Passion fruit seeds were freeze-dried, milled, and extracted with 80% ethanol. After centrifugation, the supernatant was evaporated, and solvent was removed from the pellet by freeze-drying. The concentration of piceatannol in the lyophilized powder was measured using high-performance liquid chromatography (HPLC) analysis as previously described [7]. The powder contained piceatannol (85.4 μg/mg) as a primary polyphenol. The powder also contained 54.7 μg/mg scirpusin B, a dimer of piceatannol. We used this powder as passion fruit seed extract in this study.

2.3. Cell Culture and Treatment

Human THP-1 cells were grown at 37 °C in a humidified atmosphere containing 5% CO2 in RPMI 1640 medium containing 10% fetal bovine serum, 100 units/mL penicillin, 100 μg/mL streptomycin, and 1 mM sodium pyruvate. Cells were seeded in 6-well plates at 2 × 105 cells per well and incubated for 2 to 24 h in cell culture media containing different concentrations of stilbene test compounds. Control cells were incubated with the same medium containing the amount of solvent (dimethyl sulfoxide, DMSO) used to dissolve the stilbene test compounds.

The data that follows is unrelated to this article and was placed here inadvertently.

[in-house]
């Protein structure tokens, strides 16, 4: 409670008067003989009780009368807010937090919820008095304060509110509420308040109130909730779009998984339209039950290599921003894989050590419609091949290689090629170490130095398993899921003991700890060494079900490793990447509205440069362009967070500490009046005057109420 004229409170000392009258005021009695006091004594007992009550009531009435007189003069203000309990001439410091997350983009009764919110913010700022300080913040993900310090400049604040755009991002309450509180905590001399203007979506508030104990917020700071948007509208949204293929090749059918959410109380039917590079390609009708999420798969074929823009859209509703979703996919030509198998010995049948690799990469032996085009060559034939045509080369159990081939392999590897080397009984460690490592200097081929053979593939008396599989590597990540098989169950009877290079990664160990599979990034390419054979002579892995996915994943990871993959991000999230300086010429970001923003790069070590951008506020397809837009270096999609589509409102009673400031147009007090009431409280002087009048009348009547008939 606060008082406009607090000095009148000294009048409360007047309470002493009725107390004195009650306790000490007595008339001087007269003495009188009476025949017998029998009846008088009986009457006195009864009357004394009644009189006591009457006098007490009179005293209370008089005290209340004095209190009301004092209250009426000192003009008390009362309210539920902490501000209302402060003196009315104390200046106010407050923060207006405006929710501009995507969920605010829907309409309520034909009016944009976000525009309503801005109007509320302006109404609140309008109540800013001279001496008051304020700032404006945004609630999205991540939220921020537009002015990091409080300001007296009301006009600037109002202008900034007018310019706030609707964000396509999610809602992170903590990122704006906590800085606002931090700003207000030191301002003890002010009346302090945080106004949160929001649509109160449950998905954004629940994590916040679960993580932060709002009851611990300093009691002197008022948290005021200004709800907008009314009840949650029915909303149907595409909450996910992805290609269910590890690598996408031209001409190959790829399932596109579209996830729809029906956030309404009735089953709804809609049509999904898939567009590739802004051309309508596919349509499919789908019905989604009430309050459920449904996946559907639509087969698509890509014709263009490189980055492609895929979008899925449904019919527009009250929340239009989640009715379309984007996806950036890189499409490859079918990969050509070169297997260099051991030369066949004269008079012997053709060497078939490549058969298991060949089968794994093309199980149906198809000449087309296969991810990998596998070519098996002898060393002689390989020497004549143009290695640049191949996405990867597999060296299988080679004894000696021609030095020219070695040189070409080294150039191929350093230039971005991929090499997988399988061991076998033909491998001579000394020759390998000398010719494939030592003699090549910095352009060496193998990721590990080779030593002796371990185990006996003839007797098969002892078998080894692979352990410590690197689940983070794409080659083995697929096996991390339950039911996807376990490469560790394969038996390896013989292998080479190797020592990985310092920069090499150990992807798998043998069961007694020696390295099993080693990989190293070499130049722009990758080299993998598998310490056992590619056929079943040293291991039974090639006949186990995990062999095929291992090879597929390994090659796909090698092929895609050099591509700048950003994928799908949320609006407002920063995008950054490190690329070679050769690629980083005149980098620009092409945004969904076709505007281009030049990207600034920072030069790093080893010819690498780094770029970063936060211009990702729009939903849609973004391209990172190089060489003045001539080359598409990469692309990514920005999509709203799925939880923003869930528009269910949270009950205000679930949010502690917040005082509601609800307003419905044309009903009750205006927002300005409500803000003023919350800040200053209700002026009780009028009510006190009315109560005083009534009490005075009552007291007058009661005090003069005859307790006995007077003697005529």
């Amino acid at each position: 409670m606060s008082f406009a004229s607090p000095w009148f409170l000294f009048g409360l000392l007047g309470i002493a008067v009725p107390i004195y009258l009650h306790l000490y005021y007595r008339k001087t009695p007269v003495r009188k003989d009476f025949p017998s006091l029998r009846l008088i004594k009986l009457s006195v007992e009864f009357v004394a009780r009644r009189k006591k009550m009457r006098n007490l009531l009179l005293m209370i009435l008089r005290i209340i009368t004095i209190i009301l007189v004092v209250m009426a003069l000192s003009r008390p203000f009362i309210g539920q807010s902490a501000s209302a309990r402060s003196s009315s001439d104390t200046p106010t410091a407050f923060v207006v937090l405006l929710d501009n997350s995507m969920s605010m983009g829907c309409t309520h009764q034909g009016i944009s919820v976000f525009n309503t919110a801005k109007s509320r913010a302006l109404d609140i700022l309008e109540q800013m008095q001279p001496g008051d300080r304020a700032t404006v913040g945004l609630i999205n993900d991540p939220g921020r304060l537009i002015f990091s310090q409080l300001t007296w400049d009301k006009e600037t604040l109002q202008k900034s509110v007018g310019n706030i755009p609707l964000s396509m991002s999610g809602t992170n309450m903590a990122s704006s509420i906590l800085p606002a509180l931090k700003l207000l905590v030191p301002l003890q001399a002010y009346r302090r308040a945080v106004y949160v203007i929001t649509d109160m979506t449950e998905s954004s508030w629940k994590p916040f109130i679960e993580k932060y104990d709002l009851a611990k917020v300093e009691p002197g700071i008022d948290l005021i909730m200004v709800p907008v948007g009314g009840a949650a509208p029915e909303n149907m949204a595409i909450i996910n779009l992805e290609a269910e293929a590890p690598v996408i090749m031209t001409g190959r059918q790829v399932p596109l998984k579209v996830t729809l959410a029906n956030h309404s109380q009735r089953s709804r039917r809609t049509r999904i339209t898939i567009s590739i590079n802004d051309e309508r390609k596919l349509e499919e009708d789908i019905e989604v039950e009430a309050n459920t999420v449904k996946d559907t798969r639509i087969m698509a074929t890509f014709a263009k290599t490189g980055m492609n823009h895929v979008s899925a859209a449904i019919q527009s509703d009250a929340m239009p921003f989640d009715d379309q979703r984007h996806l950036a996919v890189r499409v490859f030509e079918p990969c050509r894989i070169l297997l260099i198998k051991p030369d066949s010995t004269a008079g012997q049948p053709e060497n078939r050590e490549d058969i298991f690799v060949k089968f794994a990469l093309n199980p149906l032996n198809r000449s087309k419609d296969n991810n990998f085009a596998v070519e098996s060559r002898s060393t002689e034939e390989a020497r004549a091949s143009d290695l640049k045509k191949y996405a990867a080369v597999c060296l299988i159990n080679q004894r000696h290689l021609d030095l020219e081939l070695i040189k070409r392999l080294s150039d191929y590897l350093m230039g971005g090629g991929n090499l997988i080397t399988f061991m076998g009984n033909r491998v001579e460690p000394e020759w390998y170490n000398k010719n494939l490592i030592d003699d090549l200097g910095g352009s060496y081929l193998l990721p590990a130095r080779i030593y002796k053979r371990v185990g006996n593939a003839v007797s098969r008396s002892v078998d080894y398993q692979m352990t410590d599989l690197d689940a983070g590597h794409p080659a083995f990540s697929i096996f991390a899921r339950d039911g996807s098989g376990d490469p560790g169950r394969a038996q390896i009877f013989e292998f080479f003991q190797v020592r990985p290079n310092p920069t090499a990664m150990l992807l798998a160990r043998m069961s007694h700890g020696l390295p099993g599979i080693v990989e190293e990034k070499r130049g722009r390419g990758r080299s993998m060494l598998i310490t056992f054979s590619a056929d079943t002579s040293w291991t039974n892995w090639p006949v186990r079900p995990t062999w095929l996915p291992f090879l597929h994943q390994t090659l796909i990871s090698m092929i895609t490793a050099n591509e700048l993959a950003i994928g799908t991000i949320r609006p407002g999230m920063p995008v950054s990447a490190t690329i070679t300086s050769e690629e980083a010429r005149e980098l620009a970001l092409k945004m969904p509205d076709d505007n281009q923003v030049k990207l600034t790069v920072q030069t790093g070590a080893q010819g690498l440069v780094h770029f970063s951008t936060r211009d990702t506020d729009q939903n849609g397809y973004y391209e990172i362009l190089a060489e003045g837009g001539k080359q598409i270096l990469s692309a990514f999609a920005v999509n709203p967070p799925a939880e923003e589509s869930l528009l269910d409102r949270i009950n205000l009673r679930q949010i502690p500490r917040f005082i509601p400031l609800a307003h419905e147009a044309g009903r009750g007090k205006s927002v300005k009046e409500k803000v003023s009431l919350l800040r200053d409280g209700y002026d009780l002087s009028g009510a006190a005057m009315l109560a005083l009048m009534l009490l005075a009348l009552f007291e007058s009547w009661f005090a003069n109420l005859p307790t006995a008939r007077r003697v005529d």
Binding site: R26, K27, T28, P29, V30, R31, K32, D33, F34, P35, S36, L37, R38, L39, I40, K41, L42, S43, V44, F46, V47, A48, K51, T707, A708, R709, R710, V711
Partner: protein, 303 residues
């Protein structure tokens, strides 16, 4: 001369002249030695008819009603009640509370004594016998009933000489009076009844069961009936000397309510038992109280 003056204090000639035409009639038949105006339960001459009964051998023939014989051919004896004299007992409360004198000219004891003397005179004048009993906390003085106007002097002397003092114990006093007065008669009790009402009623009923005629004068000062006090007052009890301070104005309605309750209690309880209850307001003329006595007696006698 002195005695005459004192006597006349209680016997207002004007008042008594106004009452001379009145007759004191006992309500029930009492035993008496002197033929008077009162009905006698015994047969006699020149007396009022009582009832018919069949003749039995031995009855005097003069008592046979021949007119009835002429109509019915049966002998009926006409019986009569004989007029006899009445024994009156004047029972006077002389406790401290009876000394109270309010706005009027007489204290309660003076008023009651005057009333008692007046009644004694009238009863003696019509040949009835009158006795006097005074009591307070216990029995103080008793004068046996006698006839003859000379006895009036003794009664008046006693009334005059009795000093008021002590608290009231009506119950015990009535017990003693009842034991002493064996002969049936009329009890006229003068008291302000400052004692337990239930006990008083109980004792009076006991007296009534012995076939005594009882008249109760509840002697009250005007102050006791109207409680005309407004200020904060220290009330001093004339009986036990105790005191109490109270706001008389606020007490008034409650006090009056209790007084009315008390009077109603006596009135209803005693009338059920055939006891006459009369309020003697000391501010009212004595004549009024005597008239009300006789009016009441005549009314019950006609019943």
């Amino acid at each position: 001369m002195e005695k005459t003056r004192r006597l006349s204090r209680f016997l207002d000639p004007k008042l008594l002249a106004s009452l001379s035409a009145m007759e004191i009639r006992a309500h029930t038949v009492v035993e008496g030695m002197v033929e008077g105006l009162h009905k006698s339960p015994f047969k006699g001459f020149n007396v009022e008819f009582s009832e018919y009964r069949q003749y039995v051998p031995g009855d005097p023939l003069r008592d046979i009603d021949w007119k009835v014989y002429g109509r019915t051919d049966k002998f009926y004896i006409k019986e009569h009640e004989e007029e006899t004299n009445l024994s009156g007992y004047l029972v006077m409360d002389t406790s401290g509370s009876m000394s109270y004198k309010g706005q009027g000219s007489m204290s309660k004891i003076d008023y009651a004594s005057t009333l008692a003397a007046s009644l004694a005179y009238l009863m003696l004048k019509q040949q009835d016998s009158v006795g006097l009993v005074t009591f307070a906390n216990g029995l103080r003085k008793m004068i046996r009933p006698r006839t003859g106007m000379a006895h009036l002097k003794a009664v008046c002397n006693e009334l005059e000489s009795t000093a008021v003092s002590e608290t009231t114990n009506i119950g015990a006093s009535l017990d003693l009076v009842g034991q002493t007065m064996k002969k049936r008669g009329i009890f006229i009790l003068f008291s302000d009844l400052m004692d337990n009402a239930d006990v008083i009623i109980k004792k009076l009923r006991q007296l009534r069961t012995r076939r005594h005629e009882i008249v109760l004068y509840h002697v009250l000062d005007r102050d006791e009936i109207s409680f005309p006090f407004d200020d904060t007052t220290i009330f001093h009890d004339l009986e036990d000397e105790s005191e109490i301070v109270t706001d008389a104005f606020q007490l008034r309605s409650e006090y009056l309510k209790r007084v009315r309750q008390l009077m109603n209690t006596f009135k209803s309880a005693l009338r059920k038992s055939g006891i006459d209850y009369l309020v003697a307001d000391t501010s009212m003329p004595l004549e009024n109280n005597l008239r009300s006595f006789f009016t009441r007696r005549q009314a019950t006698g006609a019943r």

2.4. Determination of SIRT1 mRNA Expression

Determination of mRNA expression was performed as previously described [5]. Total RNA samples extracted from cells were reverse transcribed into complementary DNA, and real-time polymerase chain reactions (PCR) were performed in triplicate using a Light Cycler 480 Real-Time PCR system II (Roche Diagnostics, Mannheim, Germany). PCR primers used were forward (5′-ctccaaggccacggatag-3′) and reverse (5′-gccacagtgtcatatcatcca-3′) for SIRT1 and forward (5′-agccacatcgctcagacac-3′) and reverse (5′-gcccaatacgaccaaatcc-3′) for glyceraldehyde 3-phosphate dehydrogenase (GAPDH). Amplification conditions were 50 °C for 2 min, 95 °C for 10 min, followed by 45 cycles at 95 °C for 10 s and 60 °C for 25 s. SIRT1 mRNA expression was normalized to GAPDH mRNA expression levels, after which relative SIRT1 mRNA expression was determined in comparison with the levels in control cells.

2.5. Western Blotting Analysis of SIRT1 Protein Expression